What larger questions do you believe your work asks?
What does it mean to be Latino, black, and an immigrant? How do these identities relate to the Black American and Latino Community in the United States? How can I represent men in a position of vulnerability? How has my life been different from the lives of many of my cousins and friends due to the presence of my father?
How can I continue to push and improve my work so that it reflects what I see and experience in a way that feels honest to me?
How do I contend with having US citizen privileges when knowing the detrimental role of the US in countries around the world including the Dominican Republic and Haiti?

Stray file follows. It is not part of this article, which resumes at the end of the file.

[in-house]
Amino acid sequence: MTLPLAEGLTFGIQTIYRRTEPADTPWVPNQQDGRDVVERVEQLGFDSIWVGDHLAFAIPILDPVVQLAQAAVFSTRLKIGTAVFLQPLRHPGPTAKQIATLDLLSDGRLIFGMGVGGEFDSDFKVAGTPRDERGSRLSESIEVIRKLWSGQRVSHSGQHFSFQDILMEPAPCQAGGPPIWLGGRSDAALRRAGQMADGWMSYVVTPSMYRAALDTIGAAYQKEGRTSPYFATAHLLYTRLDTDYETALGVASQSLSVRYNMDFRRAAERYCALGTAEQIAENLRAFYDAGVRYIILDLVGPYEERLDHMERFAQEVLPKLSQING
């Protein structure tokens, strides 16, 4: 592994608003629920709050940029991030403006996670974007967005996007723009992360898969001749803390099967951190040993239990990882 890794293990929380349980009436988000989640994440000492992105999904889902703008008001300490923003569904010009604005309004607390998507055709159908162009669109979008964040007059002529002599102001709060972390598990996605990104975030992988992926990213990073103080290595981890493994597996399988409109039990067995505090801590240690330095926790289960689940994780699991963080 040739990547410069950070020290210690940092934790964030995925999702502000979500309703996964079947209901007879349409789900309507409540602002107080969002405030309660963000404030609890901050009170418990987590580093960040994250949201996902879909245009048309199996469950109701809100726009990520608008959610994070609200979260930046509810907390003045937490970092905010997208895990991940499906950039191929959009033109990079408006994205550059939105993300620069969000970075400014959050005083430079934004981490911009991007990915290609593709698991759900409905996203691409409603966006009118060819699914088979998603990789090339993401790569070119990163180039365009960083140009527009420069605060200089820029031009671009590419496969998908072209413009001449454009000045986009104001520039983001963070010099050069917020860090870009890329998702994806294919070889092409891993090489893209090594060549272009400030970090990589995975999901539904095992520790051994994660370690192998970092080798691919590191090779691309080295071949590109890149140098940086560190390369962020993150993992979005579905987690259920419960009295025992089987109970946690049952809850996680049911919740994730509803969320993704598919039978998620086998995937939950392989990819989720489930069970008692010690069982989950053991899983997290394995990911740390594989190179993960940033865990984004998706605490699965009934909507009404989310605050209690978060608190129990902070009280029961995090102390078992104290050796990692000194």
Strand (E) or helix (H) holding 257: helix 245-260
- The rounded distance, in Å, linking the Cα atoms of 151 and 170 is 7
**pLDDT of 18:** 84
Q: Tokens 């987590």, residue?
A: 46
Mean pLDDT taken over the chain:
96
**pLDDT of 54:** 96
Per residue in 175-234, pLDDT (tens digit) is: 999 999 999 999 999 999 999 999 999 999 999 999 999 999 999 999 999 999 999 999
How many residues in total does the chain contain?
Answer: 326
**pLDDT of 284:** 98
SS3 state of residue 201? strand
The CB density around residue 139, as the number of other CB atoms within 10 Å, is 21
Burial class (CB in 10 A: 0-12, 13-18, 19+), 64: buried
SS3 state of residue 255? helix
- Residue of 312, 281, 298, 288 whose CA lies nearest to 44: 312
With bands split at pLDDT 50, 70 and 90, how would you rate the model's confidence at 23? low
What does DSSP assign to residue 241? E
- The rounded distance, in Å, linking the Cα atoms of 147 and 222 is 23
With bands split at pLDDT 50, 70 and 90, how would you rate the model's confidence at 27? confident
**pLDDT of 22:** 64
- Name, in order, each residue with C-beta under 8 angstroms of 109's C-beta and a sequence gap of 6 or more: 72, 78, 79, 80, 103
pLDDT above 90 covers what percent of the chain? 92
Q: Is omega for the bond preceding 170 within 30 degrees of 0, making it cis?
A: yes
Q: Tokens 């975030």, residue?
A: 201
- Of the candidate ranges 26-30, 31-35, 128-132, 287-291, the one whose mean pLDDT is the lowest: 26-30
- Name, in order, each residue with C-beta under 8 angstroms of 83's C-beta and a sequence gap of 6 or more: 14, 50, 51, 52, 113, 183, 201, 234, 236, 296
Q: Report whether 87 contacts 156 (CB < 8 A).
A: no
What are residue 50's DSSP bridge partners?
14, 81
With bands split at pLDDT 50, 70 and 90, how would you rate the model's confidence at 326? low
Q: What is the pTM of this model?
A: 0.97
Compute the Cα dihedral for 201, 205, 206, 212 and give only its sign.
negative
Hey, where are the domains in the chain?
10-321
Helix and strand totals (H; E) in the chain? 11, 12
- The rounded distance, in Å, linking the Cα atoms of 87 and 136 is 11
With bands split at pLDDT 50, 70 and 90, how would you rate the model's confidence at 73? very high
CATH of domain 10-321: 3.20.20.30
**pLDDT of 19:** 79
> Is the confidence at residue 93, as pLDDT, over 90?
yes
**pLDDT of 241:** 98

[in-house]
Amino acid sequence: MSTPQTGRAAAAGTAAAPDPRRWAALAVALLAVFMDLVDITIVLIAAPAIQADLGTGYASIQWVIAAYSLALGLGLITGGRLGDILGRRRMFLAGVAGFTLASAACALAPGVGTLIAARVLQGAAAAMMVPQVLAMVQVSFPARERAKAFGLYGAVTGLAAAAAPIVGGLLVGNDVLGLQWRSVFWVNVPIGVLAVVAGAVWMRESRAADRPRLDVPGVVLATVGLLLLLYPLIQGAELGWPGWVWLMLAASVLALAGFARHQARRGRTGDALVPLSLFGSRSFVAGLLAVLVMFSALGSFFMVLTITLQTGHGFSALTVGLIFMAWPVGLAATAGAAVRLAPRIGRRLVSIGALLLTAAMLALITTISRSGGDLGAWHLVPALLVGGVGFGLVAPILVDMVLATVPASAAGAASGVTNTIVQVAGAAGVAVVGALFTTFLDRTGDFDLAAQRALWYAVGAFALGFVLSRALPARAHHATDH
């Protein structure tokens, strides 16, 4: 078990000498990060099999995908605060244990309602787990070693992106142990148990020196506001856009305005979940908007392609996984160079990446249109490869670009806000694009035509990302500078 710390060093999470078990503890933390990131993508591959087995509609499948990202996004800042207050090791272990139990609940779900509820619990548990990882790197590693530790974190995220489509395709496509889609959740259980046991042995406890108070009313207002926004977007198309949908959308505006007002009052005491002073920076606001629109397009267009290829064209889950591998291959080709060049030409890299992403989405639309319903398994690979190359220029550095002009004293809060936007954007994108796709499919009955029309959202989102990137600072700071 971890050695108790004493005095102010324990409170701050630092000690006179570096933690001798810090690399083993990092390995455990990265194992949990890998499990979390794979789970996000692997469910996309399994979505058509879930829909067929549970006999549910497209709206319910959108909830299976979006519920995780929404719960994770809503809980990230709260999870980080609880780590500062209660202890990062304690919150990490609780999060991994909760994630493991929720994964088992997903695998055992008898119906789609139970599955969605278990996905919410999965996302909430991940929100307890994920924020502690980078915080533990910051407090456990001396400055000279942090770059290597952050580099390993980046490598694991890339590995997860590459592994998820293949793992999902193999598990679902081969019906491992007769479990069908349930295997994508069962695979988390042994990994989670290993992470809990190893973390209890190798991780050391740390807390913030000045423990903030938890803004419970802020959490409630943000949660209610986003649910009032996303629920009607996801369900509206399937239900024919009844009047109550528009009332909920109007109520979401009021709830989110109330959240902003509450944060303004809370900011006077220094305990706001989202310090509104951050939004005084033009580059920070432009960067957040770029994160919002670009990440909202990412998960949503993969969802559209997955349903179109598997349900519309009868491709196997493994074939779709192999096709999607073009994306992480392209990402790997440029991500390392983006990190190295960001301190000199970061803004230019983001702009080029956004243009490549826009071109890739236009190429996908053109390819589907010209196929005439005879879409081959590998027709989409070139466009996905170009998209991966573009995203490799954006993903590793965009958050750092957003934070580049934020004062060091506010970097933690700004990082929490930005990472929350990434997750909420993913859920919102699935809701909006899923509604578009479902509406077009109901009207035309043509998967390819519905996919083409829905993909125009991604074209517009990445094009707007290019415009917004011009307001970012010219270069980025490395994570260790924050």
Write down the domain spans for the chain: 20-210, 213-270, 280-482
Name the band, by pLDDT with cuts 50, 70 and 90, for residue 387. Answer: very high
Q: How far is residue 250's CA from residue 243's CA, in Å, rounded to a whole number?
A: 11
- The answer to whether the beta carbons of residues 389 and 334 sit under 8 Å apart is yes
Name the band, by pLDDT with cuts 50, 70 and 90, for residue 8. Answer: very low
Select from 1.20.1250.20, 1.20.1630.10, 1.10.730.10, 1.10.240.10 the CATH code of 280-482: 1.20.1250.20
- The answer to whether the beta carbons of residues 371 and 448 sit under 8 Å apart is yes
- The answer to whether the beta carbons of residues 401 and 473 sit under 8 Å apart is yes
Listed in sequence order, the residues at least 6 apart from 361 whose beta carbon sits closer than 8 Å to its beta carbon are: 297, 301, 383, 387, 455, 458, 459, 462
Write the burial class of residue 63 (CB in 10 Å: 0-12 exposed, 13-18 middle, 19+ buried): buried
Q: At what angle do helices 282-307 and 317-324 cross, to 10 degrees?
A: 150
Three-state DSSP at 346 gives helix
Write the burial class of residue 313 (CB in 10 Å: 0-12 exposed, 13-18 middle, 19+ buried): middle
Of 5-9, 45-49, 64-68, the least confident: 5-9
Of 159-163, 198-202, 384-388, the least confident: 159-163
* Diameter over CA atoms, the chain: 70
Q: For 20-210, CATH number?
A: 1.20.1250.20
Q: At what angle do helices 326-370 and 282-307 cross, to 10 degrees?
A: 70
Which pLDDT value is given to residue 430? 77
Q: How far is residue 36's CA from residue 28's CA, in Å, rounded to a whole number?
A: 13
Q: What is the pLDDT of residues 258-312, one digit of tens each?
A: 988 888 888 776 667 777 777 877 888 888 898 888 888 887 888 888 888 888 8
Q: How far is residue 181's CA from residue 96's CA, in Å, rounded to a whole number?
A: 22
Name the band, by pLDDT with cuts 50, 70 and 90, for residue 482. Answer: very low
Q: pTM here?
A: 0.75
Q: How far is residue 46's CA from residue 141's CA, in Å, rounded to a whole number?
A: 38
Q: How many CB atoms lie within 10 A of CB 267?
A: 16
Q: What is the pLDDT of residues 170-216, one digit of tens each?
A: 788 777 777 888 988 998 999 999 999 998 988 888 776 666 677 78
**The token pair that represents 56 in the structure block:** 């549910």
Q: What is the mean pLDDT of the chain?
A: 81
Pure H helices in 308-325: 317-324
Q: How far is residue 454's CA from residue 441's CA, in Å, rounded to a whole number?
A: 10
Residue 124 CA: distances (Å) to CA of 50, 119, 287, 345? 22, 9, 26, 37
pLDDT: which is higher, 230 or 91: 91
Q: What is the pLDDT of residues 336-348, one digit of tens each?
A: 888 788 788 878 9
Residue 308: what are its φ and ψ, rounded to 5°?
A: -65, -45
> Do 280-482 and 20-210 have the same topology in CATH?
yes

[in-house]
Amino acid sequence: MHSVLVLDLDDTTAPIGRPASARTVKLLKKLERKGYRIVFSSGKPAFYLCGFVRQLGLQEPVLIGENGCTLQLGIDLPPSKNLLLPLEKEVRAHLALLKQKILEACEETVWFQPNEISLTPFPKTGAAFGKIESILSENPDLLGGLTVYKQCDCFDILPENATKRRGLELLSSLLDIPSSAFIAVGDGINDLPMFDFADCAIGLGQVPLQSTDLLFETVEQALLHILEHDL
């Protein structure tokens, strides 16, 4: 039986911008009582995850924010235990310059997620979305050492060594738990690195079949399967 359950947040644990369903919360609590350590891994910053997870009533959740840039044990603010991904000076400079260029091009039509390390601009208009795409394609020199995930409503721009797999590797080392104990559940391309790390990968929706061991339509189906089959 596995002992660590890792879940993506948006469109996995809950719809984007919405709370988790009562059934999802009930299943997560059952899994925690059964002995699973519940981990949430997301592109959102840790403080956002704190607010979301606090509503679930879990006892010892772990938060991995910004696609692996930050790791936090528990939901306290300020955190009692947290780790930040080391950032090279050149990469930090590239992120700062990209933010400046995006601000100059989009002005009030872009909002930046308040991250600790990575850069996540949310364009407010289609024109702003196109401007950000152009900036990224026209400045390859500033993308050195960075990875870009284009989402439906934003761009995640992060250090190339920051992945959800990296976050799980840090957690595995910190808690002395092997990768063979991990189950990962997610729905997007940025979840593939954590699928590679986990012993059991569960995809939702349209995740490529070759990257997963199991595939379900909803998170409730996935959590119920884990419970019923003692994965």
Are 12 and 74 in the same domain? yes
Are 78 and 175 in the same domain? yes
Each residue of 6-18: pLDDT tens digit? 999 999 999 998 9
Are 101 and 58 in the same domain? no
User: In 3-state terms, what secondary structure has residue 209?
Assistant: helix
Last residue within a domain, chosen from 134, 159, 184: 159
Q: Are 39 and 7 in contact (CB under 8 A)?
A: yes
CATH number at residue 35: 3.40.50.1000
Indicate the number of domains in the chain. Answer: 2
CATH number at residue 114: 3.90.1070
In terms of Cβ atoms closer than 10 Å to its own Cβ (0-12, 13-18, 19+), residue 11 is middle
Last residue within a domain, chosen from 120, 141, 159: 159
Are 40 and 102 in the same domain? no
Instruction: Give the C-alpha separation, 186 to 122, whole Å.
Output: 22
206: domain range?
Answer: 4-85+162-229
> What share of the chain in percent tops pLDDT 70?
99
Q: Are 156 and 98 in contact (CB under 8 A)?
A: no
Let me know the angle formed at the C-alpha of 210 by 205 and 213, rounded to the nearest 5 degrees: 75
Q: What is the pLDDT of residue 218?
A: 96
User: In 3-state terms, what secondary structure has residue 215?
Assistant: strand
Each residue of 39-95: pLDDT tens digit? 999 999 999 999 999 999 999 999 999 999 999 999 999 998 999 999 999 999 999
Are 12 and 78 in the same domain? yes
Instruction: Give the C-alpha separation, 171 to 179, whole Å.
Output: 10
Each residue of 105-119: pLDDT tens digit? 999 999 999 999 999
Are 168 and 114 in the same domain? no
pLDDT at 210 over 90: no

How do I contend with having US citizen privileges, when a lot of my family does not?
What’s next for you?
I am towards a solo exhibition with Sakhile&Me in Frankfurt, Germany that will open in September. I am working towards a few other fairs and group shows for this year and 2022.
I will be spending about a month in the Dominican Republic this summer and I’ll bring some materials to make some small works there from life. I’m really looking forward to that and spending time with my family out there.
Buen Provecho, 2020, 40” x 60”, Oil, acrylic, and oil stick on canvas, Courtesy of the Artist
At the end of each interview, we like to ask the artist to recommend a friend whose work you love and would like us to interview next. Who would you suggest?
I would highly recommend Kevin Demery. I met Kevin in Chicago while we studied at SAIC. He was getting his MFA while I was getting my BFA and have been great friends since. He is a brilliant artist and a great friend.